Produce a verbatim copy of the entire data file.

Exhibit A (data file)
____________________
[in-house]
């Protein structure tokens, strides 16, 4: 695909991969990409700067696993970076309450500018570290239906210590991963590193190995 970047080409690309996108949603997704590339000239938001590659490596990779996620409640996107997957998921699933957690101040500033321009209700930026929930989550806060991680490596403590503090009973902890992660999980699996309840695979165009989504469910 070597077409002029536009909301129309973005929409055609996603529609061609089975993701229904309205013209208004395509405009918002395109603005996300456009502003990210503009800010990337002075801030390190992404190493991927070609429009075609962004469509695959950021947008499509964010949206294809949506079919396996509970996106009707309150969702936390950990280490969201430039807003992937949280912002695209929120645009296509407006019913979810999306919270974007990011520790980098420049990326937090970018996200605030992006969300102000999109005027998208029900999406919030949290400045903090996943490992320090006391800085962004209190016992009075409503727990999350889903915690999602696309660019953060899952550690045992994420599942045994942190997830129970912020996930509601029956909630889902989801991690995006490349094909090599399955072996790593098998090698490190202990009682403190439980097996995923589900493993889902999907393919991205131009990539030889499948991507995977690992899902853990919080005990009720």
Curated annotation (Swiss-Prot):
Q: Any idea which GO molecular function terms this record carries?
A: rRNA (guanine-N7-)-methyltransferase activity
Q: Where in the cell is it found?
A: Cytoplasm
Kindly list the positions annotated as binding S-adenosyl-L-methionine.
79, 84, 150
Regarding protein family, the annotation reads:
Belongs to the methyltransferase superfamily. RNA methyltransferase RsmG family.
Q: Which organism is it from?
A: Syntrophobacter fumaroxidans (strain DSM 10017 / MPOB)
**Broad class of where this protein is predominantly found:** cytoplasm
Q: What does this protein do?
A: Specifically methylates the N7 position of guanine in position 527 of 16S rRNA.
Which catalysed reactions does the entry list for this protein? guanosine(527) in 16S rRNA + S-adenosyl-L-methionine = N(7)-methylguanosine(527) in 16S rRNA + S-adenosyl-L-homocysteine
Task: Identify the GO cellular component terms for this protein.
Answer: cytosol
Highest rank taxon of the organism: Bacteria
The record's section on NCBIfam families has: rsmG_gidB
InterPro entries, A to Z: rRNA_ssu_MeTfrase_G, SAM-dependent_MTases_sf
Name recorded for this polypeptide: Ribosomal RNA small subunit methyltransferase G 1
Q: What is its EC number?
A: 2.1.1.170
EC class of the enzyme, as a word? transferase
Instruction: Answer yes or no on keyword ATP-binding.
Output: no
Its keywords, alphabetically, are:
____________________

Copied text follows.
[in-house]
């Protein structure tokens, strides 16, 4: 695909991969990409700067696993970076309450500018570290239906210590991963590193190995 970047080409690309996108949603997704590339000239938001590659490596990779996620409640996107997957998921699933957690101040500033321009209700930026929930989550806060991680490596403590503090009973902890992660999980699996309840695979165009989504469910 070597077409002029536009909301129309973005929409055609996603529609061609089975993701229904309205013209208004395509405009918002395109603005996300456009502003990210503009800010990337002075801030390190992404190493991927070609429009075609962004469509695959950021947008499509964010949206294809949506079919396996509970996106009707309150969702936390950990280490969201430039807003992937949280912002695209929120645009296509407006019913979810999306919270974007990011520790980098420049990326937090970018996200605030992006969300102000999109005027998208029900999406919030949290400045903090996943490992320090006391800085962004209190016992009075409503727990999350889903915690999602696309660019953060899952550690045992994420599942045994942190997830129970912020996930509601029956909630889902989801991690995006490349094909090599399955072996790593098998090698490190202990009682403190439980097996995923589900493993889902999907393919991205131009990539030889499948991507995977690992899902853990919080005990009720």
Curated annotation (Swiss-Prot):
Q: Any idea which GO molecular function terms this record carries?
A: rRNA (guanine-N7-)-methyltransferase activity
Q: Where in the cell is it found?
A: Cytoplasm
Kindly list the positions annotated as binding S-adenosyl-L-methionine.
79, 84, 150
Regarding protein family, the annotation reads:
Belongs to the methyltransferase superfamily. RNA methyltransferase RsmG family.
Q: Which organism is it from?
A: Syntrophobacter fumaroxidans (strain DSM 10017 / MPOB)
**Broad class of where this protein is predominantly found:** cytoplasm
Q: What does this protein do?
A: Specifically methylates the N7 position of guanine in position 527 of 16S rRNA.
Which catalysed reactions does the entry list for this protein? guanosine(527) in 16S rRNA + S-adenosyl-L-methionine = N(7)-methylguanosine(527) in 16S rRNA + S-adenosyl-L-homocysteine
Task: Identify the GO cellular component terms for this protein.
Answer: cytosol
Highest rank taxon of the organism: Bacteria
The record's section on NCBIfam families has: rsmG_gidB
InterPro entries, A to Z: rRNA_ssu_MeTfrase_G, SAM-dependent_MTases_sf
Name recorded for this polypeptide: Ribosomal RNA small subunit methyltransferase G 1
Q: What is its EC number?
A: 2.1.1.170
EC class of the enzyme, as a word? transferase
Instruction: Answer yes or no on keyword ATP-binding.
Output: no
Its keywords, alphabetically, are: